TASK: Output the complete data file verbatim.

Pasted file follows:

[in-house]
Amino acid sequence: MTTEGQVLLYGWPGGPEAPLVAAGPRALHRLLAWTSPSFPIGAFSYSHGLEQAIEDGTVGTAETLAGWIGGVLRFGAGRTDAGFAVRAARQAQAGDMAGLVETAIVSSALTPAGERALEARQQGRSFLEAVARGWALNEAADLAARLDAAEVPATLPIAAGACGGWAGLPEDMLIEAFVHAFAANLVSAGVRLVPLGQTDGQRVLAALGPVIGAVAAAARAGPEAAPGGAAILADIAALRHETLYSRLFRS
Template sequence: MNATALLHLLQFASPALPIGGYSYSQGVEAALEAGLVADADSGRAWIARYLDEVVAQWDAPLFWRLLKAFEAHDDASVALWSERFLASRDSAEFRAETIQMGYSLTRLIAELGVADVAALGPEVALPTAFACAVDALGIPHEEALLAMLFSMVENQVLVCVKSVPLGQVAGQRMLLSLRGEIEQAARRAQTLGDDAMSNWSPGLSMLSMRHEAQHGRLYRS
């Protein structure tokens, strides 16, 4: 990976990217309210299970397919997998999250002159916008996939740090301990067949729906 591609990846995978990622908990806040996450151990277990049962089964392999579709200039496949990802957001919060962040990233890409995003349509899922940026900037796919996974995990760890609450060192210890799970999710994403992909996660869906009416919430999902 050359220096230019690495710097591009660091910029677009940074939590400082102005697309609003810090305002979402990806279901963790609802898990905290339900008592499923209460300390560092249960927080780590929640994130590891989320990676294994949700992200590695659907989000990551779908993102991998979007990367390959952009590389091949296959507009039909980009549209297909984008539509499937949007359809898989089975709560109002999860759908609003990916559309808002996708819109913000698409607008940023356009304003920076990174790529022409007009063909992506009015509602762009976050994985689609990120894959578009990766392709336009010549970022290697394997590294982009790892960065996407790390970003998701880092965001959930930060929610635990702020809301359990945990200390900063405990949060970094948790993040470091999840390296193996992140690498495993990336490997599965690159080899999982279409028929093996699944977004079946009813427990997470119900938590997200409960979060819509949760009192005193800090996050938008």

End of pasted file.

[in-house]
Amino acid sequence: MTTEGQVLLYGWPGGPEAPLVAAGPRALHRLLAWTSPSFPIGAFSYSHGLEQAIEDGTVGTAETLAGWIGGVLRFGAGRTDAGFAVRAARQAQAGDMAGLVETAIVSSALTPAGERALEARQQGRSFLEAVARGWALNEAADLAARLDAAEVPATLPIAAGACGGWAGLPEDMLIEAFVHAFAANLVSAGVRLVPLGQTDGQRVLAALGPVIGAVAAAARAGPEAAPGGAAILADIAALRHETLYSRLFRS
Template sequence: MNATALLHLLQFASPALPIGGYSYSQGVEAALEAGLVADADSGRAWIARYLDEVVAQWDAPLFWRLLKAFEAHDDASVALWSERFLASRDSAEFRAETIQMGYSLTRLIAELGVADVAALGPEVALPTAFACAVDALGIPHEEALLAMLFSMVENQVLVCVKSVPLGQVAGQRMLLSLRGEIEQAARRAQTLGDDAMSNWSPGLSMLSMRHEAQHGRLYRS
């Protein structure tokens, strides 16, 4: 990976990217309210299970397919997998999250002159916008996939740090301990067949729906 591609990846995978990622908990806040996450151990277990049962089964392999579709200039496949990802957001919060962040990233890409995003349509899922940026900037796919996974995990760890609450060192210890799970999710994403992909996660869906009416919430999902 050359220096230019690495710097591009660091910029677009940074939590400082102005697309609003810090305002979402990806279901963790609802898990905290339900008592499923209460300390560092249960927080780590929640994130590891989320990676294994949700992200590695659907989000990551779908993102991998979007990367390959952009590389091949296959507009039909980009549209297909984008539509499937949007359809898989089975709560109002999860759908609003990916559309808002996708819109913000698409607008940023356009304003920076990174790529022409007009063909992506009015509602762009976050994985689609990120894959578009990766392709336009010549970022290697394997590294982009790892960065996407790390970003998701880092965001959930930060929610635990702020809301359990945990200390900063405990949060970094948790993040470091999840390296193996992140690498495993990336490997599965690159080899999982279409028929093996699944977004079946009813427990997470119900938590997200409960979060819509949760009192005193800090996050938008």